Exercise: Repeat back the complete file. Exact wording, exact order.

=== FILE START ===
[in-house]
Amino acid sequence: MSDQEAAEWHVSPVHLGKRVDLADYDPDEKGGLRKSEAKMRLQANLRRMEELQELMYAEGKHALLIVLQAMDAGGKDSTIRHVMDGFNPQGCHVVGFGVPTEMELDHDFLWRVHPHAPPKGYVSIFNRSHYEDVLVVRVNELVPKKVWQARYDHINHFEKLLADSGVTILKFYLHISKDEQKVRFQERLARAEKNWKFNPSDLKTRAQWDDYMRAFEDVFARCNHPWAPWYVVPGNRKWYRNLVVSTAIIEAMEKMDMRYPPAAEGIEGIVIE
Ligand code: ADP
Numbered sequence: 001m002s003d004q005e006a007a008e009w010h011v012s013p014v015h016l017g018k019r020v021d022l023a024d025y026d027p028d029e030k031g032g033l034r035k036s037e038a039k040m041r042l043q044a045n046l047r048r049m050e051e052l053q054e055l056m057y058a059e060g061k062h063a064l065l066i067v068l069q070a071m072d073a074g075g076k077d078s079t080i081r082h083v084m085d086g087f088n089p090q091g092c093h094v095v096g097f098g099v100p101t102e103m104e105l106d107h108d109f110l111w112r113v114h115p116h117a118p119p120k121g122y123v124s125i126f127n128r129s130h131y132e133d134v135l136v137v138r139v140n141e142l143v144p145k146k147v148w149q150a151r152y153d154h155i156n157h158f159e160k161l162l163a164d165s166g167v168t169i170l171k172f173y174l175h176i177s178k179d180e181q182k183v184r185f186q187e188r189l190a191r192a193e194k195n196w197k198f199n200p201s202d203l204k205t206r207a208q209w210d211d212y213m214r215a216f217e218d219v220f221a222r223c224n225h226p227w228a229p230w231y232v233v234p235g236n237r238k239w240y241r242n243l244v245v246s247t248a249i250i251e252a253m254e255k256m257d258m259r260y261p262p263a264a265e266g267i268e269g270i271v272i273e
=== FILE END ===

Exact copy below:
[in-house]
Amino acid sequence: MSDQEAAEWHVSPVHLGKRVDLADYDPDEKGGLRKSEAKMRLQANLRRMEELQELMYAEGKHALLIVLQAMDAGGKDSTIRHVMDGFNPQGCHVVGFGVPTEMELDHDFLWRVHPHAPPKGYVSIFNRSHYEDVLVVRVNELVPKKVWQARYDHINHFEKLLADSGVTILKFYLHISKDEQKVRFQERLARAEKNWKFNPSDLKTRAQWDDYMRAFEDVFARCNHPWAPWYVVPGNRKWYRNLVVSTAIIEAMEKMDMRYPPAAEGIEGIVIE
Ligand code: ADP
Numbered sequence: 001m002s003d004q005e006a007a008e009w010h011v012s013p014v015h016l017g018k019r020v021d022l023a024d025y026d027p028d029e030k031g032g033l034r035k036s037e038a039k040m041r042l043q044a045n046l047r048r049m050e051e052l053q054e055l056m057y058a059e060g061k062h063a064l065l066i067v068l069q070a071m072d073a074g075g076k077d078s079t080i081r082h083v084m085d086g087f088n089p090q091g092c093h094v095v096g097f098g099v100p101t102e103m104e105l106d107h108d109f110l111w112r113v114h115p116h117a118p119p120k121g122y123v124s125i126f127n128r129s130h131y132e133d134v135l136v137v138r139v140n141e142l143v144p145k146k147v148w149q150a151r152y153d154h155i156n157h158f159e160k161l162l163a164d165s166g167v168t169i170l171k172f173y174l175h176i177s178k179d180e181q182k183v184r185f186q187e188r189l190a191r192a193e194k195n196w197k198f199n200p201s202d203l204k205t206r207a208q209w210d211d212y213m214r215a216f217e218d219v220f221a222r223c224n225h226p227w228a229p230w231y232v233v234p235g236n237r238k239w240y241r242n243l244v245v246s247t248a249i250i251e252a253m254e255k256m257d258m259r260y261p262p263a264a265e266g267i268e269g270i271v272i273e